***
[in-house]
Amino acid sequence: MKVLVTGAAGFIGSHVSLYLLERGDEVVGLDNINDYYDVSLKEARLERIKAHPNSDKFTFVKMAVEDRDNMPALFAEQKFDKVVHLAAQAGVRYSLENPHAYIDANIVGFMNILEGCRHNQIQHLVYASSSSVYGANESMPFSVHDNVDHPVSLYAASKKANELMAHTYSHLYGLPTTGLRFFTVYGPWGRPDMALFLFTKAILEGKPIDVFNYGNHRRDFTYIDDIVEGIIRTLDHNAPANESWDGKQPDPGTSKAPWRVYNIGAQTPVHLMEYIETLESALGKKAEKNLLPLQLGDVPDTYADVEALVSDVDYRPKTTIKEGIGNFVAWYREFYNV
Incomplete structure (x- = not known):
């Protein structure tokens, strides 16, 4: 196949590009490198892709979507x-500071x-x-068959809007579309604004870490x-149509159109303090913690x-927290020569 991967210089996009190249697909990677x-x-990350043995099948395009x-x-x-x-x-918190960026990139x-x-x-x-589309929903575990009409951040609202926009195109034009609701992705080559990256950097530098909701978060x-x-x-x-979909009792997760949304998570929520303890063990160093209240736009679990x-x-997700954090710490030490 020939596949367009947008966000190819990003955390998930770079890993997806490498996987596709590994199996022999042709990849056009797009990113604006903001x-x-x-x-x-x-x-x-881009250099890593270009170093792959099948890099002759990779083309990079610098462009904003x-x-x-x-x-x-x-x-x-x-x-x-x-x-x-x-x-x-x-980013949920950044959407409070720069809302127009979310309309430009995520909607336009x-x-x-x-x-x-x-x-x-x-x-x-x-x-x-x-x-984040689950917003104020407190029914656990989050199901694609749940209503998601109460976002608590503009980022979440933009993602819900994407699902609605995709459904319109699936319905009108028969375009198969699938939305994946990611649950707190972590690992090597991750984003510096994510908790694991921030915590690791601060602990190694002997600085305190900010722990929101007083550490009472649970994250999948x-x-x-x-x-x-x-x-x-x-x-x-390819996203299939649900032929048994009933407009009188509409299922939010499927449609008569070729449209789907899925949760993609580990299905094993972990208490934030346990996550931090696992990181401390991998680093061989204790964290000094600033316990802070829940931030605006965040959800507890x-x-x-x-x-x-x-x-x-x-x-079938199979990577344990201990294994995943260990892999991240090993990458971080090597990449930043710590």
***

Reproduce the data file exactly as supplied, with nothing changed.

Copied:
[in-house]
Amino acid sequence: MKVLVTGAAGFIGSHVSLYLLERGDEVVGLDNINDYYDVSLKEARLERIKAHPNSDKFTFVKMAVEDRDNMPALFAEQKFDKVVHLAAQAGVRYSLENPHAYIDANIVGFMNILEGCRHNQIQHLVYASSSSVYGANESMPFSVHDNVDHPVSLYAASKKANELMAHTYSHLYGLPTTGLRFFTVYGPWGRPDMALFLFTKAILEGKPIDVFNYGNHRRDFTYIDDIVEGIIRTLDHNAPANESWDGKQPDPGTSKAPWRVYNIGAQTPVHLMEYIETLESALGKKAEKNLLPLQLGDVPDTYADVEALVSDVDYRPKTTIKEGIGNFVAWYREFYNV
Incomplete structure (x- = not known):
């Protein structure tokens, strides 16, 4: 196949590009490198892709979507x-500071x-x-068959809007579309604004870490x-149509159109303090913690x-927290020569 991967210089996009190249697909990677x-x-990350043995099948395009x-x-x-x-x-918190960026990139x-x-x-x-589309929903575990009409951040609202926009195109034009609701992705080559990256950097530098909701978060x-x-x-x-979909009792997760949304998570929520303890063990160093209240736009679990x-x-997700954090710490030490 020939596949367009947008966000190819990003955390998930770079890993997806490498996987596709590994199996022999042709990849056009797009990113604006903001x-x-x-x-x-x-x-x-881009250099890593270009170093792959099948890099002759990779083309990079610098462009904003x-x-x-x-x-x-x-x-x-x-x-x-x-x-x-x-x-x-x-980013949920950044959407409070720069809302127009979310309309430009995520909607336009x-x-x-x-x-x-x-x-x-x-x-x-x-x-x-x-x-984040689950917003104020407190029914656990989050199901694609749940209503998601109460976002608590503009980022979440933009993602819900994407699902609605995709459904319109699936319905009108028969375009198969699938939305994946990611649950707190972590690992090597991750984003510096994510908790694991921030915590690791601060602990190694002997600085305190900010722990929101007083550490009472649970994250999948x-x-x-x-x-x-x-x-x-x-x-x-390819996203299939649900032929048994009933407009009188509409299922939010499927449609008569070729449209789907899925949760993609580990299905094993972990208490934030346990996550931090696992990181401390991998680093061989204790964290000094600033316990802070829940931030605006965040959800507890x-x-x-x-x-x-x-x-x-x-x-079938199979990577344990201990294994995943260990892999991240090993990458971080090597990449930043710590």